Women who opt for epidurals are missing out on life's most enriching experience, says Joanna Moorhead

When I told my friends I planned a labour without pain relief they were, to a woman, unconvinced. "You don't realise how tough it's going to be," said one. "Best keep your options open," said another. "You'll never have known pain like it," said a third. Well, that turned out to be true. There is no pain - no pain I've experienced anyway, although I've never had a leg amputated without anaesthetic - like the pain of childbirth. It is the most absorbing pain imaginable: it is a great ocean of pain, a huge sea in which you find yourself tossed by currents you couldn't possibly have anticipated when you set out for your swim.

Just the other day, a friend phoned to say she was in labour with her first child. "It's a bit painful - oh, gosh, yes, it really hurt there," she said. "Do you think I should go into hospital?" I said something tactful like, "Oh, I think you've a while yet," but inside I knew she had hours to go. You can't talk through a contraction, not once you're in proper labour. Anyone who is saying "gosh, it hurts" isn't even at base camp. Climbing Everest is a long way off.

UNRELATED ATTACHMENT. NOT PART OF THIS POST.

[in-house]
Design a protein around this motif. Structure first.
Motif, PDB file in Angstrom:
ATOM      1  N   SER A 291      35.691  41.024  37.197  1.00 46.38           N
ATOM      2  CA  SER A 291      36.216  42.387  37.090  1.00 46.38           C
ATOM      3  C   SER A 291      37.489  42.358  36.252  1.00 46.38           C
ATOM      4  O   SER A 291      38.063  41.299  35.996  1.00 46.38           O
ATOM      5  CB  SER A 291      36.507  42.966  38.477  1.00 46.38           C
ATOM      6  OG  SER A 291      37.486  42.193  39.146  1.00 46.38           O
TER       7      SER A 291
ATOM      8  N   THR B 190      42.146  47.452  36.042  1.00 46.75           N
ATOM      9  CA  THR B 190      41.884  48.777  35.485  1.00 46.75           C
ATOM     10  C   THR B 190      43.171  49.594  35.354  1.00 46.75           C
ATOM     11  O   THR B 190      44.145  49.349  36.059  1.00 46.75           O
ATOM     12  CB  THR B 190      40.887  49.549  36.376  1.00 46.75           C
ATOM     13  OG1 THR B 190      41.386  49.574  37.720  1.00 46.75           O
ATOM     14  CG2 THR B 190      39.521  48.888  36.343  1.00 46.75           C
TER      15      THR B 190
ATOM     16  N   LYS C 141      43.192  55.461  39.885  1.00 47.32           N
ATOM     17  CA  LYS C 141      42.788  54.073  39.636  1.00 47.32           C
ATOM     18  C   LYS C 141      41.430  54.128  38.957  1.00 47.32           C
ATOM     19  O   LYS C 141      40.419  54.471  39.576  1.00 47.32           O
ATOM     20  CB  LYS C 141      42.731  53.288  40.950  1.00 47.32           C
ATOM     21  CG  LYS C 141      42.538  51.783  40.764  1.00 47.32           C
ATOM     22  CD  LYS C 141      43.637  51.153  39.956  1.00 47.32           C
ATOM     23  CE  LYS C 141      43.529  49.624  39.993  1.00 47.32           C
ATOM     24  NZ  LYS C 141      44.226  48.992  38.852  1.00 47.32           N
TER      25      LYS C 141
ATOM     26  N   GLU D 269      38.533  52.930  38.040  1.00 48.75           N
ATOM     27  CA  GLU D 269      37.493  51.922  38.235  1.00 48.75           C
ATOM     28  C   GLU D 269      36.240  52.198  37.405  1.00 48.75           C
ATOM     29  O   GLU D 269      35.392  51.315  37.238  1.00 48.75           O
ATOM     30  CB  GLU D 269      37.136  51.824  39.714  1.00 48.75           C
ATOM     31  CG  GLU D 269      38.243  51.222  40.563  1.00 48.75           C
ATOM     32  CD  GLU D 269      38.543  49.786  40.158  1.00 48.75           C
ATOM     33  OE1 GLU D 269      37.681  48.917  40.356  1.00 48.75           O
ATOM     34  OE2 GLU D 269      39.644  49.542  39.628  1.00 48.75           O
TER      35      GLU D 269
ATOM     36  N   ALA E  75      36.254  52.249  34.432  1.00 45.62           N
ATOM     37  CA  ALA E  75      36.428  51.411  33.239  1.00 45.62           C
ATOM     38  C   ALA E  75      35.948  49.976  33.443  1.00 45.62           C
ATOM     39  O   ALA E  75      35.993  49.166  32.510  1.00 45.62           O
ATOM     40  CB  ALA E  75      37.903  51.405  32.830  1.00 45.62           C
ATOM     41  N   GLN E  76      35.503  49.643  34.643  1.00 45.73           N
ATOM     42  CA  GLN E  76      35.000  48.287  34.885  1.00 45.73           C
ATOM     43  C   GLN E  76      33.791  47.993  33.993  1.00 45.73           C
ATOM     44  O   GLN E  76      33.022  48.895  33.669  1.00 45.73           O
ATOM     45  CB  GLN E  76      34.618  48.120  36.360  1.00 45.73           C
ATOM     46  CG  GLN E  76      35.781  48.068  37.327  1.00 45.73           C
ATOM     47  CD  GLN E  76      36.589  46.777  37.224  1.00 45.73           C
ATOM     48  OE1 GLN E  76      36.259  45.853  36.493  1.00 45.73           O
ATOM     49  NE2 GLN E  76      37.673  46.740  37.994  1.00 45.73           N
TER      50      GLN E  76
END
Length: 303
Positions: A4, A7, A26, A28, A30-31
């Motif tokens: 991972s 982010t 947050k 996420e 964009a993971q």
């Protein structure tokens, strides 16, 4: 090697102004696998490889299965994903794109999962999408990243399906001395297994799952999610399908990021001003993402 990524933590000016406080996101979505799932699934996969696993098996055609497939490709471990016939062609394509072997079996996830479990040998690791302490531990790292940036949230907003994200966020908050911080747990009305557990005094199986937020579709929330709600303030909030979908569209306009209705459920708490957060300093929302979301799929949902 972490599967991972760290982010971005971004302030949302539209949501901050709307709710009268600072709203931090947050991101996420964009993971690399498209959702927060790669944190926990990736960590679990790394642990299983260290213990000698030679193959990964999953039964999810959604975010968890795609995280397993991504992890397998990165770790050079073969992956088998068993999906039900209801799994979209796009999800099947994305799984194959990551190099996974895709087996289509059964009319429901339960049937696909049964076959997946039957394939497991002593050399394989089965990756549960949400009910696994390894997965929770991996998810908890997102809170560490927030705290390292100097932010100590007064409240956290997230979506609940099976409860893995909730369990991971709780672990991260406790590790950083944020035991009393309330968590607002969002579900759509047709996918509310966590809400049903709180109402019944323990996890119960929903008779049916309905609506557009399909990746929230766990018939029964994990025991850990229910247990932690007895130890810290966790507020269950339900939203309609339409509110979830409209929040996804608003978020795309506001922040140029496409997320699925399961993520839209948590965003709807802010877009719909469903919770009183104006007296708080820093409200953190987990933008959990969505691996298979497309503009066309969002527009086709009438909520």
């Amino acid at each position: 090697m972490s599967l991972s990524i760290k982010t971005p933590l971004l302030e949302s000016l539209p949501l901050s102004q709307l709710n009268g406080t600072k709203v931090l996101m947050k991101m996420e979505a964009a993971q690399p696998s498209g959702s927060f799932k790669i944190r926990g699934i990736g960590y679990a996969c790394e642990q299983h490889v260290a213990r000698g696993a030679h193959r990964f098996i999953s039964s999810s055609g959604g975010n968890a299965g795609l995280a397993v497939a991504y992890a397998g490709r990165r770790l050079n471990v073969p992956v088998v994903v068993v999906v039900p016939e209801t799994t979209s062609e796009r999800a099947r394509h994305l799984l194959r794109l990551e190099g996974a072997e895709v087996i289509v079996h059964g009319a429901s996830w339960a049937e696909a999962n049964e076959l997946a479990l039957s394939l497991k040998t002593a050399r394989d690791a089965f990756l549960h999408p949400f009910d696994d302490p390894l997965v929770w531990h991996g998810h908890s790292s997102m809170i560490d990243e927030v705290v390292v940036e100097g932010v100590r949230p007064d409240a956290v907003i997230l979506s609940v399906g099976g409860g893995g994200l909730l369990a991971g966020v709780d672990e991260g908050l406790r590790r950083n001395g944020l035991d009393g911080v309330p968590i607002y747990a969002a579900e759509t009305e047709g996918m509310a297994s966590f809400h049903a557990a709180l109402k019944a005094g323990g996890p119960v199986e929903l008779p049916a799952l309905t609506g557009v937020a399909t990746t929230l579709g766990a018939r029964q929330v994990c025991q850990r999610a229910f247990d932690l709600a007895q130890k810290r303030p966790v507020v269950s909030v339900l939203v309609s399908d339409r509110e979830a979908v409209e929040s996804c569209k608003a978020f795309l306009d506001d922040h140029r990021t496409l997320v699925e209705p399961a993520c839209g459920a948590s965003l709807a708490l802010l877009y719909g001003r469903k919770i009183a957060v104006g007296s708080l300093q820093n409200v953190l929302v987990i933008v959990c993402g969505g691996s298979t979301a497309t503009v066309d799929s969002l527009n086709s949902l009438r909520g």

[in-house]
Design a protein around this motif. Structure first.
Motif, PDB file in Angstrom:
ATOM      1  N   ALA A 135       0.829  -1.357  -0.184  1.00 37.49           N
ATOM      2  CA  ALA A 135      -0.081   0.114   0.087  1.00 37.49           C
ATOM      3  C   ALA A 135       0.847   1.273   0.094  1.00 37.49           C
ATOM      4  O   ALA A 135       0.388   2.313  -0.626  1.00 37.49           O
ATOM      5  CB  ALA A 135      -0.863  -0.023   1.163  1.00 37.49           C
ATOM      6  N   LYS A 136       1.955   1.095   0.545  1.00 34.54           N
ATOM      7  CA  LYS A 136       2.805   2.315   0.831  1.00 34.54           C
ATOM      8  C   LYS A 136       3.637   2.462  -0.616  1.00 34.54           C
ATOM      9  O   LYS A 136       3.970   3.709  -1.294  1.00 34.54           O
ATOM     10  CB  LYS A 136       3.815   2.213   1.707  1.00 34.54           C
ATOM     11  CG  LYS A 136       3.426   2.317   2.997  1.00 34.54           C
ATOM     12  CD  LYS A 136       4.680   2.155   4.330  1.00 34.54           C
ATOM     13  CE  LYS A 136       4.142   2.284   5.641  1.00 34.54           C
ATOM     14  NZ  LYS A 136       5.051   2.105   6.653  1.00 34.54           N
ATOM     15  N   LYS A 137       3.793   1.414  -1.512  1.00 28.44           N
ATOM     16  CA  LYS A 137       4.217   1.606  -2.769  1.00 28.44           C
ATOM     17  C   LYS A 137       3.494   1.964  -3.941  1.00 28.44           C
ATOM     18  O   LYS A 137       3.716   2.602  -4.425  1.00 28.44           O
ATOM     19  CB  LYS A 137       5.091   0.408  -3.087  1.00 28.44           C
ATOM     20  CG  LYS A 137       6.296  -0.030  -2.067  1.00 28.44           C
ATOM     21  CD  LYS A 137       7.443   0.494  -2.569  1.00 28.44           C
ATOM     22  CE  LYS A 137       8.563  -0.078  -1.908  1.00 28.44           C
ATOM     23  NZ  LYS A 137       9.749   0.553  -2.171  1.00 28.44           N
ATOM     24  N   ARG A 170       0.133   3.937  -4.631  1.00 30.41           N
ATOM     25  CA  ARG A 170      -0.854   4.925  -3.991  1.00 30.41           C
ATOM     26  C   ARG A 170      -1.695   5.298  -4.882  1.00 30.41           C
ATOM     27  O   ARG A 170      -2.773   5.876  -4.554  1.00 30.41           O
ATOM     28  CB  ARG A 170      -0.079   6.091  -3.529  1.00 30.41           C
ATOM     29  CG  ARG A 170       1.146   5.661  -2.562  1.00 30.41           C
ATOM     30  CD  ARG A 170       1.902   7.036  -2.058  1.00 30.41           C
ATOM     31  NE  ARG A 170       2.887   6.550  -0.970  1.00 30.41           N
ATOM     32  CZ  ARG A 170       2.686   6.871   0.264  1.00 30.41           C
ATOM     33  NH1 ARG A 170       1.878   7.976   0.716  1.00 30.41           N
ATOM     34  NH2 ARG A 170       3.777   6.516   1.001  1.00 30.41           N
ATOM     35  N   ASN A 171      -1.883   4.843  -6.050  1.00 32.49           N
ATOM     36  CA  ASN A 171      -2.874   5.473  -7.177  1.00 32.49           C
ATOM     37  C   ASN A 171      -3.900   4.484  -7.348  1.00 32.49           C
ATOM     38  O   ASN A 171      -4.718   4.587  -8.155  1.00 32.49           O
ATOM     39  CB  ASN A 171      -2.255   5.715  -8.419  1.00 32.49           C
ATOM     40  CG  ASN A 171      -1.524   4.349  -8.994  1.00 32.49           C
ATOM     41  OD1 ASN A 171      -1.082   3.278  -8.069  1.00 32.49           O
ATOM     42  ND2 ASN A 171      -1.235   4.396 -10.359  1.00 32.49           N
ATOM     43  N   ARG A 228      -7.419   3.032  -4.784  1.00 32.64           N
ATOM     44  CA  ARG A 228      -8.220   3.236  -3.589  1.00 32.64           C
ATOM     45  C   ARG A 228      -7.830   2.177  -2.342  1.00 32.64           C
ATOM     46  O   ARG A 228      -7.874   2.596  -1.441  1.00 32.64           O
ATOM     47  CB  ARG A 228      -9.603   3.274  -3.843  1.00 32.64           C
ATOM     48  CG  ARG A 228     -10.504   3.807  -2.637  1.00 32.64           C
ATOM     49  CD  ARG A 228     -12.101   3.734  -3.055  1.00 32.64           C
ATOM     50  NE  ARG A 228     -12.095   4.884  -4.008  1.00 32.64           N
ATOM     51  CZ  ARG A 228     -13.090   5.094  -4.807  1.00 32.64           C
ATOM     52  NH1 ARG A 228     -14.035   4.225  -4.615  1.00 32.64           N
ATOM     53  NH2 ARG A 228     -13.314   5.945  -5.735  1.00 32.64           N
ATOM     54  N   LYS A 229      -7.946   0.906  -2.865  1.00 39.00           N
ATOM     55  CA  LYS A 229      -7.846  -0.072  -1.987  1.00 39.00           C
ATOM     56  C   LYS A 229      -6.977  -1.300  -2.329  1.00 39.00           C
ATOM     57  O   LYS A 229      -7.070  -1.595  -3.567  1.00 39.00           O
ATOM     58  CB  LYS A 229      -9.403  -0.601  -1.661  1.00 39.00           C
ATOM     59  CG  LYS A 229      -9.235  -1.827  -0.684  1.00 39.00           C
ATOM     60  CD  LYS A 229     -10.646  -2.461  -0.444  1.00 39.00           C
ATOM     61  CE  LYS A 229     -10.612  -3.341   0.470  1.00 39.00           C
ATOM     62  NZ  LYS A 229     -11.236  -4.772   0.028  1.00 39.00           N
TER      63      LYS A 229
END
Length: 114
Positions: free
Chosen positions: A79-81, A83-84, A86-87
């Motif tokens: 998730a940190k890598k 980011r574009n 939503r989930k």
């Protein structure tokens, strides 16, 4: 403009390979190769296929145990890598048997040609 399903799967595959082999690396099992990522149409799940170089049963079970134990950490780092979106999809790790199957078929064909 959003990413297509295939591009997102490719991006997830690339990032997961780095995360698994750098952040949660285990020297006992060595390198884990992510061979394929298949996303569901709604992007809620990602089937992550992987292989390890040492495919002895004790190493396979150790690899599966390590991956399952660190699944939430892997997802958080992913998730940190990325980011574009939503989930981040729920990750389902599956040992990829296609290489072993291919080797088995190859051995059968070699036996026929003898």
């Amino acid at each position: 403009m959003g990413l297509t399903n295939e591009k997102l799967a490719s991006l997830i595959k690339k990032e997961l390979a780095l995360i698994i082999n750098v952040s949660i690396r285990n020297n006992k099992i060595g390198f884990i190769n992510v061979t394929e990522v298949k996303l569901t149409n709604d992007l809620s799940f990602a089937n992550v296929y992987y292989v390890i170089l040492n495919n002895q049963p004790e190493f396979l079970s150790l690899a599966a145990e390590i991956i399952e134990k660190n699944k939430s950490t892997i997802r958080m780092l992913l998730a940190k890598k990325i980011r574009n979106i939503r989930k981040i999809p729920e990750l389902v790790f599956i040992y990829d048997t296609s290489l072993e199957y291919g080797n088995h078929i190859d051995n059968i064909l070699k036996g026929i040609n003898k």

So, first things first: labour hurts. My friends were right: it hurt more than I realised it would. But, despite the pain, I managed to have not just one but three babies without as much as a whiff of gas and air, and I've never been so pleased about anything in my life. When I heard delegates at the Royal College of Midwives conference discussing the merits of drug-free labour, I cheered: because, while no one is ever going to say that labour isn't painful, we really do need to hear a lot more about why, despite the pain, it's worth thinking twice before you jump on the "mine's an epidural" bandwagon. Shockingly, the number of women now having epidurals in the UK is 35 per cent and rising.

And what's wrong with that, I hear you ask. Well, a recent review of all the evidence found that having an epidural means you're likely to have a longer second stage of labour (that's the pushing phase), and that your risk of a forceps or ventouse delivery goes up by a whopping 40 per cent. And one thing leads to another: having a forceps delivery means an increased chance of an episiotomy, and more risk of bladder damage afterwards.

And it's not just epidurals, either: pethidine, the analgesic commonly offered to women in labour, can cause drowsiness in both mother and baby, and being drowsy isn't the best state to be in either when you're giving birth, or when you're being born. Not surprisingly, babies whose mothers have not had drugs tend to score higher in the Apgar test, which medics use to check newborn responsiveness. They also tend to be more likely to breastfeed in the first hour or so of life, and that matters because a baby who feeds successfully early on is more likely to go on to breastfeed without further problems. What's more, according to obstetric experts, pain-relieving drugs can interfere with the production of oxytocin, the so-called "love hormone" that helps forge the bond between mother and child.